In Battle For Europe's Phones, U.S. Suffers Setback, Huawei Notches A Win

Jan 29, 2020
Originally published on January 30, 2020 8:14 am

When it comes to U.S. national security, one foreign company sets off alarm bells like no other: Huawei, the Chinese telecom giant.

Huawei scored a key victory, and the U.S. suffered a significant setback, when the company received the green light to build up to 35% of Britain's 5G cellular phone network.

"This is a major loss for American national security, foreign policy and technology policy," said Peter Singer of the New America think tank in Washington.

The Trump administration has lobbied hard with U.S. allies, urging them not to buy from Chinese firms.

"It's critical that European countries not give control of their critical infrastructure to Chinese tech giants," Secretary of State Mike Pompeo wrote last month in an op-ed for Politico. "Just consider Huawei's track record. ... It is implicated in espionage in the Czech Republic, Poland and the Netherlands, [and] has allegedly stolen intellectual property from foreign competitors in Germany, Israel, the United Kingdom and the United States.

David Edelman was on the National Security Council under President Obama and now runs MIT's Internet Policy Research Initiative. He puts it this way: "The administration's case goes like this. They say first that Huawei equipment is generally less secure than its competitors. Second, that Chinese security services might find it irresistible to try to steal secrets. Third, and maybe most dramatically, if there were ever a major conflict, Beijing might use that access to remotely shut down critical systems."

Britain says it decision is based in part on working with Huawei for years on its existing cellular system. Britain also believes it can manage the risk by limiting Huawei to the periphery of the new network — things like base stations and antennas that mostly pass on data — and keeping it away from the more sensitive network core.

This 5G network hasn't yet been built, and the U.S. hasn't yet given up making its case. Pompeo was in Britain on Wednesday and said he would continue to stress U.S. security concerns.

"The real question here is whether we've crossed a particular Rubicon, whether by having this Chinese content in the underlying 5G network, that effectively it's a decision that can't be reversed," Edelman said.

Which brings us to the second big issue — the global technology competition.

For many in the West, China is viewed as a giant factory that puts together iPhones. But the latest development means it's now been cleared to help build a cutting-edge network in Western Europe.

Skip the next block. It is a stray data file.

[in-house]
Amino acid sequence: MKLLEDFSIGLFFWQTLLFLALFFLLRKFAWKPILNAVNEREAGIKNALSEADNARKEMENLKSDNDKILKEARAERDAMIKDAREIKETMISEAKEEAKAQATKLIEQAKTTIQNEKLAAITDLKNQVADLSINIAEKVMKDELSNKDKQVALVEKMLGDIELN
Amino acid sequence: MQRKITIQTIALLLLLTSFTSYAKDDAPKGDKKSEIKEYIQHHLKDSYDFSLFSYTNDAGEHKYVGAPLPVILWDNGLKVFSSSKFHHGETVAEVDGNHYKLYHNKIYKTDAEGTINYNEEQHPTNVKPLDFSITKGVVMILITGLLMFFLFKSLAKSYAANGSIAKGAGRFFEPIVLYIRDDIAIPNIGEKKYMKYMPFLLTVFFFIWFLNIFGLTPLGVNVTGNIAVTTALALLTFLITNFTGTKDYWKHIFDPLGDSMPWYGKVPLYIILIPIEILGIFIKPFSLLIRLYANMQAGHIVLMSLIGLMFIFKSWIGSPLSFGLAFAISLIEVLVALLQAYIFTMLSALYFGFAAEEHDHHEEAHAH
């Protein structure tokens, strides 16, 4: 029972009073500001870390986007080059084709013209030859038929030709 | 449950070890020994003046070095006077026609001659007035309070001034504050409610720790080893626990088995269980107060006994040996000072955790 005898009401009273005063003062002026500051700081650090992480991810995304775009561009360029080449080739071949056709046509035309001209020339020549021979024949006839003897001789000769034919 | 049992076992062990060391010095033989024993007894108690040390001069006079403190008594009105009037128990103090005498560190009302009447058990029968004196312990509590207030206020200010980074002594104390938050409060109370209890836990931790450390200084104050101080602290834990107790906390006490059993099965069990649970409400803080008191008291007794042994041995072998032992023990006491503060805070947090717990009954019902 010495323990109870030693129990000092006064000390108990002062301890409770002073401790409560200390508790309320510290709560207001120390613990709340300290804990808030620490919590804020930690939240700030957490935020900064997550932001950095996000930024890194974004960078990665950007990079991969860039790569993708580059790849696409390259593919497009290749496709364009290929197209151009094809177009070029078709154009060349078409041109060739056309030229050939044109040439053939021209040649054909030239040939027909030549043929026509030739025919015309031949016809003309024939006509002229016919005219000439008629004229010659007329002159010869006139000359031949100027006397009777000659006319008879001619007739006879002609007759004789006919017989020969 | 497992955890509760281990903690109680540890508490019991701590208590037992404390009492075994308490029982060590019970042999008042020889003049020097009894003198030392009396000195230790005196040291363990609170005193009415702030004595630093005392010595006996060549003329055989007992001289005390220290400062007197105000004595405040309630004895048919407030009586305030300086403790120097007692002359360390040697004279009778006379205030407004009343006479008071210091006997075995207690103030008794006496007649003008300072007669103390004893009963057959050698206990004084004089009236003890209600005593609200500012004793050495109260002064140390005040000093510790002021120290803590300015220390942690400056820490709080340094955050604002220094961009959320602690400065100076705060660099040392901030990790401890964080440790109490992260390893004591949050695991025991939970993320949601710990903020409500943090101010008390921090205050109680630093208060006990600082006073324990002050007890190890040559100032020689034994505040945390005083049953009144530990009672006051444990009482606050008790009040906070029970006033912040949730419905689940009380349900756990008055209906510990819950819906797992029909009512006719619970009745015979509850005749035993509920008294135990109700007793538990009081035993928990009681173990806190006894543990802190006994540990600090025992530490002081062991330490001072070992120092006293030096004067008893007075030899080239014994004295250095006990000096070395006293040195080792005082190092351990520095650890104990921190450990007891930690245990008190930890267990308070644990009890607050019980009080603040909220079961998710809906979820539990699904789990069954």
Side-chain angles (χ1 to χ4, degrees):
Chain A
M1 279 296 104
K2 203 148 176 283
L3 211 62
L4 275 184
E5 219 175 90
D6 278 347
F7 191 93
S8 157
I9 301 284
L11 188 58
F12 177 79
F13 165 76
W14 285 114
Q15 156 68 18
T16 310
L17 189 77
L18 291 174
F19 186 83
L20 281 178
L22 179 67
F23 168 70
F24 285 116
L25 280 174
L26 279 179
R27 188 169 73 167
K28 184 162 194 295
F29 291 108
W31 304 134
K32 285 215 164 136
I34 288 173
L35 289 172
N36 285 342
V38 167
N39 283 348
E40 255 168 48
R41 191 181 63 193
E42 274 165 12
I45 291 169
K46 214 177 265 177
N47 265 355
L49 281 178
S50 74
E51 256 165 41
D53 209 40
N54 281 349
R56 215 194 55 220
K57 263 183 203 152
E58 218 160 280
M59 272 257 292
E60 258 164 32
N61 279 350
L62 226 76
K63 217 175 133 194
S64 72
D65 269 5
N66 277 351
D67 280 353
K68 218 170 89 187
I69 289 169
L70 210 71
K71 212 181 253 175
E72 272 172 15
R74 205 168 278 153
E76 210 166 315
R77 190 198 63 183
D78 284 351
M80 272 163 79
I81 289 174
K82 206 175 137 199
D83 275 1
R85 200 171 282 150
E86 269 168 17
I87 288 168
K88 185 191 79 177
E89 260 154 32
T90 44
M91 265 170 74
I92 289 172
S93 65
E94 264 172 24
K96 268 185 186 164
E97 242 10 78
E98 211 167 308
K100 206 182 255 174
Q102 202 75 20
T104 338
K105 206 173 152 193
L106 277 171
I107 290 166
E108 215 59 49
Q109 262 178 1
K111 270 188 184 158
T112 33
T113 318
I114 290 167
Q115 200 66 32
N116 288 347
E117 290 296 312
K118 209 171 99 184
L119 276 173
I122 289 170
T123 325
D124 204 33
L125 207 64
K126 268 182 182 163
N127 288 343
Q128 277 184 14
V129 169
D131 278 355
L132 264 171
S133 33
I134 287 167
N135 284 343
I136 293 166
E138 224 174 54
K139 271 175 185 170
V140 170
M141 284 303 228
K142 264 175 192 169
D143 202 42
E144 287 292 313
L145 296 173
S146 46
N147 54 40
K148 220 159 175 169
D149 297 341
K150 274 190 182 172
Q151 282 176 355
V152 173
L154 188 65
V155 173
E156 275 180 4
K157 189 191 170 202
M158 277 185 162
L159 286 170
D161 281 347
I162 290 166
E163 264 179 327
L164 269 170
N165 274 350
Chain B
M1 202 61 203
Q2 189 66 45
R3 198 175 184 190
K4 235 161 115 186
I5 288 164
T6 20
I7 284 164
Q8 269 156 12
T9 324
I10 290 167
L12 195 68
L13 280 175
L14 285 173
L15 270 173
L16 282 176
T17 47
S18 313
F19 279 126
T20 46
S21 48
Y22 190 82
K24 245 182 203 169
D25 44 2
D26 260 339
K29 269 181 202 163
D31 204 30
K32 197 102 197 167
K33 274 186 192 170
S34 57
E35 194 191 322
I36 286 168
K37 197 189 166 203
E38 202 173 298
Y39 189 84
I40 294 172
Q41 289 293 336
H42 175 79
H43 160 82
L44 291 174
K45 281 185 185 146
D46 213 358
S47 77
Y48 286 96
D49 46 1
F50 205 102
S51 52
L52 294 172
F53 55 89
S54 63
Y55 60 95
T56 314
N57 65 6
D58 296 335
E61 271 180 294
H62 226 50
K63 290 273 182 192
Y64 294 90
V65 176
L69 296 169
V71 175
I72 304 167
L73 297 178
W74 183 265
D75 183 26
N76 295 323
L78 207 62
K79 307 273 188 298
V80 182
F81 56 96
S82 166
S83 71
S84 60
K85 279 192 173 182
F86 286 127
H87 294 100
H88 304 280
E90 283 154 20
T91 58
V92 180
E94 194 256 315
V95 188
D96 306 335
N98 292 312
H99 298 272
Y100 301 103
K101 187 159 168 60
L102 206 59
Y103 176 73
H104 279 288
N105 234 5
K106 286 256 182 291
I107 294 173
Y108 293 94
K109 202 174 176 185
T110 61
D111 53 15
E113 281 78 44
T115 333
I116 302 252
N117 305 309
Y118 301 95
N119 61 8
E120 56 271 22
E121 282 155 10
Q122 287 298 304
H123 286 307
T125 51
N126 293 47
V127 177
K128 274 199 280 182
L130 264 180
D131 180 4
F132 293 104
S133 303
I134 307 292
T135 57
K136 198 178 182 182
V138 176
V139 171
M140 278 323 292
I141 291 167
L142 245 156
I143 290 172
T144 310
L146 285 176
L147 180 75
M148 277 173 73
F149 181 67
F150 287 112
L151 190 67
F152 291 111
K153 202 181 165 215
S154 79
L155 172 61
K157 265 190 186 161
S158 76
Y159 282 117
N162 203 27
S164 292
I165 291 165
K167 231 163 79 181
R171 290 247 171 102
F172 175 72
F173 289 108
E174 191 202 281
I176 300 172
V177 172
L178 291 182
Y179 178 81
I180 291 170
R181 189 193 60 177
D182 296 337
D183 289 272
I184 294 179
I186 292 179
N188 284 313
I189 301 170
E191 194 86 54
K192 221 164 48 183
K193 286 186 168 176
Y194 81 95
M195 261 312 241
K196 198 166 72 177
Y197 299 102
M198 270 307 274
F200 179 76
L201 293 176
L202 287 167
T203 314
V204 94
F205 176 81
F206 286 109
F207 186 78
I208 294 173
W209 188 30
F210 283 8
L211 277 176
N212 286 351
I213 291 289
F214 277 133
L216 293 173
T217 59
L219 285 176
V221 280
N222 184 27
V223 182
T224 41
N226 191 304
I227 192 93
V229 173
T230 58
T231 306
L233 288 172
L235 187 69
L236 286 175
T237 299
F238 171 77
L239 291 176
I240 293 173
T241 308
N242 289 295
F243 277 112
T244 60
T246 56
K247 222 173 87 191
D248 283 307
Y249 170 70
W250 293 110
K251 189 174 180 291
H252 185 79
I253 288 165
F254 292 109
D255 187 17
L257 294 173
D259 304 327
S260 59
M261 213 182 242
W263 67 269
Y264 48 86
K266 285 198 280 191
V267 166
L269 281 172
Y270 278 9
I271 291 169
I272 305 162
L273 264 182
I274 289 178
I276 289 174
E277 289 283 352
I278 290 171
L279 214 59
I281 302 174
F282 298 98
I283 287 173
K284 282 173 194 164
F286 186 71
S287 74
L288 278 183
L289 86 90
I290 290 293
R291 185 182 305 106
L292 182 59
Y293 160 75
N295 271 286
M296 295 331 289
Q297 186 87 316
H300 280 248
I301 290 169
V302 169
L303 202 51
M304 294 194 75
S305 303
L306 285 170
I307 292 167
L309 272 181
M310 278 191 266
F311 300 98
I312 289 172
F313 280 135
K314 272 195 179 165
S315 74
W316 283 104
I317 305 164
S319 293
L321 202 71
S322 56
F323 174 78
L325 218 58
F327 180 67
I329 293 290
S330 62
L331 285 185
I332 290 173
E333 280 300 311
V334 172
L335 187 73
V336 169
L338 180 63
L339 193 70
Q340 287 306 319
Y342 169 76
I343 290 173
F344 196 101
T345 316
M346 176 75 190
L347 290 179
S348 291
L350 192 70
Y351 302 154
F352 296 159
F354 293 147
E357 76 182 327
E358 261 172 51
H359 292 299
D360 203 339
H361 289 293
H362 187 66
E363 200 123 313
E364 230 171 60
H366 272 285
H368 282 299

5G is being billed as revolutionary. Data will move a lightning speed, driverless cars will communicate with each other, doctors will perform surgery remotely. And China is now considered at the forefront.

"China is today a major player in the technology market," said Beau Woods, who studies cyber issues at the Atlantic Council in Washington. The British decision, he added, "is a big win for China's prestige and also kind of puts other nations, other companies, on notice that China's not just the packaging and assembly hub of the world anymore."

China's stated goal is to be a world leader in the most important technologies of the 21st century. To this end, the government supports Huawei and other tech companies in ways that Western countries don't, said Dean Cheng with the Heritage Foundation.

When it comes to 5G, he said, Huawei offers the complete package, something Western firms can't match at this point.

"They offer essentially soup to nuts," Cheng said. "That's a huge advantage in terms of the whole system being integrated. It presumably works well with each other. Also, it is significantly cheaper than any of the partial competitors out there."

All this makes it harder on the third big issue — U.S. foreign policy. The Trump administration has pressed American allies to keep Chinese hardware out of their sensitive networks. The results have been mixed at best.

"If you're not getting your closest intelligence partners on board, how can you expect to get the rest of Europe or Latin America, Africa?" Peter Singer asked. "The thing to watch for is the dominoes falling. All the other states that have been holding back, may be saying, 'OK, the Brits are going this way now. We can, too.'"

Just a day after the British decision, the European Union on Wednesday recommended limiting, but not banning, "high-risk" companies. Huawei said it welcomed the decision and hopes to be part of a fast, secure 5G network across Europe.